Ay, robots!: Sky Captain flies but doesn't soar

The good news about Sky Captain and the World of Tomorrow is that the tail doesn't wag the dog. With everything but the principal actors and a few props being created or assembled in the computer, there was danger of the process overwhelming the product.

The technique is impressive, all right. A major geekfest. The ultimate version of what thousands of teenage boys are working on in their basements so obsessively they sometimes forget to jerk off. Writer-director Kerry Conran has created a visual feast that looks like no other film.

The combination of live actors and animation (plus some anim̩-inspired robotics) suggests a computer-age version of Who Framed Roger Rabbit, but the genre is different. Set in 1939, it seeks to capture the look and spirit of Saturday matinee serials of the periodРor what they would have looked like if they'd had a bigger budget than an Ed Wood production.

What keeps Sky Captain from being as much fun as the Indiana Jones movies is the casting of Jude Law in the lead. Law brushes his teeth with more intensity than most of us show making love.

He's Joe Sullivan– a.k.a. Sky Captain– leader of an "army for hire" and the last hope of the world when the disappearance of several scientists is tied to a plot to destroy the planet.

Also on the case in search of a story is intrepid reporter Polly Perkins (Gwyneth Paltrow), who's summoned by the last of the scientists to a 6pm meeting that's later said to have taken place in the morning as three days' worth of events are compressed into one. Computers will never replace good continuity people. Well, they will, because they work cheaper. But they won't do the job as well.

But I digress. The meeting takes place at Radio City Music Hall during a showing of The Wizard of Oz, clips from which make a delightful background. Jane Monheit reprises "Over the Rainbow" behind the closing credits.

When Polly leaves the theater, New York is attacked by flying robots in a scene that looks good even if it doesn't have much relevance to the actual plot, which it sets in motion.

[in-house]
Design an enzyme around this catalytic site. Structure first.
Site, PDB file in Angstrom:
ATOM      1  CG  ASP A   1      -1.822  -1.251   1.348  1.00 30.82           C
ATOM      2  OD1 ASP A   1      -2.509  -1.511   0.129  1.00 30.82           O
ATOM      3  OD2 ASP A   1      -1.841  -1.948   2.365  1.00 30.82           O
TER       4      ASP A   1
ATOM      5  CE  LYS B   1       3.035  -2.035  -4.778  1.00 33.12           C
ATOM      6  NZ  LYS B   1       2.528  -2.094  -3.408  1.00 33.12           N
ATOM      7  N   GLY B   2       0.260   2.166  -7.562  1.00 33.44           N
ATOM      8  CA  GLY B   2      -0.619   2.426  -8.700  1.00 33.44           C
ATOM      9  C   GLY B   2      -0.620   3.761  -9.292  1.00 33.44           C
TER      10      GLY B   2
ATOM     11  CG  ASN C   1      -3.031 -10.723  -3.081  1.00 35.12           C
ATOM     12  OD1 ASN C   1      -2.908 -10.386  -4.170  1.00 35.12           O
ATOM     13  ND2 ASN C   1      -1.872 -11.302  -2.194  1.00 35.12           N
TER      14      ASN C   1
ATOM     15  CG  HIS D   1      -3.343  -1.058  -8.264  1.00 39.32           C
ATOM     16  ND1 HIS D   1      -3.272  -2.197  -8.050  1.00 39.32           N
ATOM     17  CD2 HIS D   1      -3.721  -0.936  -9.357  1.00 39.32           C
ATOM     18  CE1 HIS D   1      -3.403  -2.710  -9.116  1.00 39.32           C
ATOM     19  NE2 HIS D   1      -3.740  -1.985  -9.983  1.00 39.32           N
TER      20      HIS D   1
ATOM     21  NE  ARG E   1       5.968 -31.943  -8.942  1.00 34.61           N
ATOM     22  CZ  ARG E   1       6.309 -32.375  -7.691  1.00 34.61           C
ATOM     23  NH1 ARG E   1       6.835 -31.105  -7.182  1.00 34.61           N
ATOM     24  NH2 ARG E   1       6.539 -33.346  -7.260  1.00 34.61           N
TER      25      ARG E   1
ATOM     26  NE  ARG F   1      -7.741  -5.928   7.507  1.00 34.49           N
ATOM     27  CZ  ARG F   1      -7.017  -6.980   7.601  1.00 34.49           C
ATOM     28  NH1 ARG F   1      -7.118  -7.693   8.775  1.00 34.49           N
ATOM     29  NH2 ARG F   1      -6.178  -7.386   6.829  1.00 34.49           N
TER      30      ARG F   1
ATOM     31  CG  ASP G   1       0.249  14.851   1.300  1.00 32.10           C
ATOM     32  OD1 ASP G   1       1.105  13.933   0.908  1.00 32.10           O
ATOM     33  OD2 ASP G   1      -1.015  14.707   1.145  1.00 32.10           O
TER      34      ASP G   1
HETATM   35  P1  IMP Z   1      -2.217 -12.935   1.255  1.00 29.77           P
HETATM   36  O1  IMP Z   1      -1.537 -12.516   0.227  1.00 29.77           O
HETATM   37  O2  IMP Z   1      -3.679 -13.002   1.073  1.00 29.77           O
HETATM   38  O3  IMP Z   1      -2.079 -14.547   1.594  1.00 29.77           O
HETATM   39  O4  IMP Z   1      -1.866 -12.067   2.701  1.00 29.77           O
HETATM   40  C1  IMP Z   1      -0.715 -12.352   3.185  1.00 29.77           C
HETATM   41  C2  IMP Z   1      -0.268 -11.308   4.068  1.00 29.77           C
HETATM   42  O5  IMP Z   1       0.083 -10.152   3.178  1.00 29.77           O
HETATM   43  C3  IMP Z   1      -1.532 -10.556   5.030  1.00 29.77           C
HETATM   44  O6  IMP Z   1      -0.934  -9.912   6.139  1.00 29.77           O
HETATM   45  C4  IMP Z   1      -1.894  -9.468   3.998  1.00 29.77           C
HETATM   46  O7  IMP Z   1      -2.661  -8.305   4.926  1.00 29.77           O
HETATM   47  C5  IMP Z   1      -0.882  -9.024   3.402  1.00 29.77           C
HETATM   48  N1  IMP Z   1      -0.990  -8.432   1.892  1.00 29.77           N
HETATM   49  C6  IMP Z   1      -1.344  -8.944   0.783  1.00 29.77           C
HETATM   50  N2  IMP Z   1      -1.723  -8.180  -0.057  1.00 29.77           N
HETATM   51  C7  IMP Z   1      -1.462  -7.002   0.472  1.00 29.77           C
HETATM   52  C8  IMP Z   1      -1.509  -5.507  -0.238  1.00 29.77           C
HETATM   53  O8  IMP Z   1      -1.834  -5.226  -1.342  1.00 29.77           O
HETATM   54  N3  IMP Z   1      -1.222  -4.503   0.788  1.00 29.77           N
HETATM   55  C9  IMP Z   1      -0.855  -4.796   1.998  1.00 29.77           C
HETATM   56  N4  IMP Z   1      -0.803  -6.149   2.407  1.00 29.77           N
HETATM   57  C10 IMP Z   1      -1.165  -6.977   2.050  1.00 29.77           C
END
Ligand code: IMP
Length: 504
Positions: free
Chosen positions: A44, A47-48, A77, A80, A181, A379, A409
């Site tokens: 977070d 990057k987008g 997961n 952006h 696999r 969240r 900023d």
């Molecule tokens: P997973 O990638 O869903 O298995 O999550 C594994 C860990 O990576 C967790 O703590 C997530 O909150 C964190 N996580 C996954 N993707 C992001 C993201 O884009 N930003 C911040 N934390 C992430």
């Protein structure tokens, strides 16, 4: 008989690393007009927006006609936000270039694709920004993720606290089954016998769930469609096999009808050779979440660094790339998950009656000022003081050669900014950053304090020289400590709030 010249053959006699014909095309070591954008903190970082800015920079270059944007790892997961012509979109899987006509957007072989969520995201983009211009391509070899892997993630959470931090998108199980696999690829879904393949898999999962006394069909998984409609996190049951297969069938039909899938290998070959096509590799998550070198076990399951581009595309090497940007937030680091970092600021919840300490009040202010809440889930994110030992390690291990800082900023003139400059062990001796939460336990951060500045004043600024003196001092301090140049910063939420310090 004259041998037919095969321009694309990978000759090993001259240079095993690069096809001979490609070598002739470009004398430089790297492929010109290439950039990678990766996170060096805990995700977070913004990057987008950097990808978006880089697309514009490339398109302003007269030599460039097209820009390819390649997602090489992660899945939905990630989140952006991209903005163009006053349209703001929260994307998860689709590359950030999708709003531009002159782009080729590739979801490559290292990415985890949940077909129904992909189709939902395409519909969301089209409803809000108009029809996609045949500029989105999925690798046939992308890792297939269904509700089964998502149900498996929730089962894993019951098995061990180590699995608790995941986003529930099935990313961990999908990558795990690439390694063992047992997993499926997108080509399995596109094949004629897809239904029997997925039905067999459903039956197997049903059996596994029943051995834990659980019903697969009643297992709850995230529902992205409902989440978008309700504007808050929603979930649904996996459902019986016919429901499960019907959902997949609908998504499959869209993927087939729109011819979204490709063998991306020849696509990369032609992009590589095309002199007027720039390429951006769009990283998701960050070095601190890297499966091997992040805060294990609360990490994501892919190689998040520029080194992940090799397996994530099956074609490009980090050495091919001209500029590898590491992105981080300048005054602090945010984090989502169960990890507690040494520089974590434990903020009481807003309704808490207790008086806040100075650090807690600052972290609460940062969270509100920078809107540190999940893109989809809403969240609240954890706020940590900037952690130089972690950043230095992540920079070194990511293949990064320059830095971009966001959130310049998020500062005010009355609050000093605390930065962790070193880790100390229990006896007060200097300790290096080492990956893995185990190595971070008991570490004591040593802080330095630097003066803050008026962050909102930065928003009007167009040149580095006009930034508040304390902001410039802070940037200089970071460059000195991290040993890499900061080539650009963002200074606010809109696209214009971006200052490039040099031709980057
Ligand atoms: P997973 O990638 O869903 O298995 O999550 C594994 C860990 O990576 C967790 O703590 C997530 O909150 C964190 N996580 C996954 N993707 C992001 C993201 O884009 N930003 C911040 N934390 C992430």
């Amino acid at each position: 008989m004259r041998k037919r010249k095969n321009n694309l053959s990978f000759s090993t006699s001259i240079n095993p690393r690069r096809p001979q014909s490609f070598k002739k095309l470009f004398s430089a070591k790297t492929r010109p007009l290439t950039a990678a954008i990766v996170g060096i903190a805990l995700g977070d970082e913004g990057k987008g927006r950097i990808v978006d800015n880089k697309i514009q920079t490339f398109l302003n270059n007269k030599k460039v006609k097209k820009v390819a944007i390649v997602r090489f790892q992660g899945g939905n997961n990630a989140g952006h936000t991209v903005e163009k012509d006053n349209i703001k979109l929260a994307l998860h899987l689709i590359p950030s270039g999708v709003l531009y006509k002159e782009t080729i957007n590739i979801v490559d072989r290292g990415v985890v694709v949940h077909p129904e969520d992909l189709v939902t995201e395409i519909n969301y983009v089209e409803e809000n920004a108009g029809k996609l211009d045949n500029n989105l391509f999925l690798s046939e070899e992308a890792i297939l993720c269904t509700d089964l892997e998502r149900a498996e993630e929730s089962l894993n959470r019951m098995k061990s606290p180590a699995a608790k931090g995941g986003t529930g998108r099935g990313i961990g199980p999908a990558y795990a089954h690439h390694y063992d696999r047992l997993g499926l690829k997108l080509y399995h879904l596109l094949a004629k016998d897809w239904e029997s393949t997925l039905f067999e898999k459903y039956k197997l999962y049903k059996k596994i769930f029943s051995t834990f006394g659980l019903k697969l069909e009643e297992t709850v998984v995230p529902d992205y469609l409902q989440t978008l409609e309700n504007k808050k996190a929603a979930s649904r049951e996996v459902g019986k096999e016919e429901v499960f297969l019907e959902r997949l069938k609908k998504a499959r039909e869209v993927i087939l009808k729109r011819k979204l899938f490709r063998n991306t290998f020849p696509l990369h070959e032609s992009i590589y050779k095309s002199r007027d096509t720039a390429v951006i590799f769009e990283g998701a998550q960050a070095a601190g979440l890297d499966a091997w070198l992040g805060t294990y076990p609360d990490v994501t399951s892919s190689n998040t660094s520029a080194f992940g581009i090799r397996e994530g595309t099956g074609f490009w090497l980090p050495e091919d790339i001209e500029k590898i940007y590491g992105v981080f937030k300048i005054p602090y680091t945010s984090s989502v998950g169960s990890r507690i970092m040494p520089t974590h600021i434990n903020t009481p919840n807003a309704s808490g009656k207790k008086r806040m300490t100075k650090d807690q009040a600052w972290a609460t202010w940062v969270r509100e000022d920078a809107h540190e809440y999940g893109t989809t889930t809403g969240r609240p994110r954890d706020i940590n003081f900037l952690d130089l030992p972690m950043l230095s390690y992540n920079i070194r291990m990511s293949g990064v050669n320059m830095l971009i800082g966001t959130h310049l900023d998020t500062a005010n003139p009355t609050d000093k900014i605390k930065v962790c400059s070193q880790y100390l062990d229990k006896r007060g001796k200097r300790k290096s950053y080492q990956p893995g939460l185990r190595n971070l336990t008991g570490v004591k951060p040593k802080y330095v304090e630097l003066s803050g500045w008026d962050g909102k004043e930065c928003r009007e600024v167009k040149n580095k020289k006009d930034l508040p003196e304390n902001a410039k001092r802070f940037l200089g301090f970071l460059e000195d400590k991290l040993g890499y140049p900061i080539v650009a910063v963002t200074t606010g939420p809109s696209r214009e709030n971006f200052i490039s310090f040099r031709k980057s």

Polly and Joe, who have some romantic history, hook up to investigate. The trail leads to Shambala– a.k.a. Shangri-La– in Nepal, and from there to the private island of Dr. Totenkopf. His name (translation: Deadhead) is an in-joke reference to the "casting" of the late Laurence Olivier in the role, which amounts to about 15 seconds of a jittery hologram with no effort to match his lip movements to the new dialogue being read by another actor.

Although she receives third billing, Angelina Jolie doesn't appear for over an hour and doesn't have much of a role. Some will find her leather uniform (with matching eye patch) sexy, but since she's supposed to be romantic competition for Polly, it seems inevitable that she will remove her cap and let her hair down. It never happens.

If you're going to have fun with this thing, the hero should be loose like Harrison Ford's Indy or stiff like Adam West's Batman. Law is just intense, and it doesn't work. Perhaps that's why a lot of the emphasis is shifted to Polly, which would normally be a secondary role. We know Paltrow can look good in period clothes– she won an Oscar for doing it– but she also manages to have fun with the part. Enough for one but, alas, not for two.

The retro look, including toned-down color, is the best thing about Sky Captain and the World of Tomorrow. The script would be serviceable with the right actors. (Maybe Ben Affleck will do the sequel, freeing Law to be the new Daredevil?) The way the filming technique is used, it doesn't constantly call attention to itself, which is how it should be.

So a split decision. Sky Captain flies but doesn't soar. It's not as good as it might have been, but it's not a waste of your time and money either.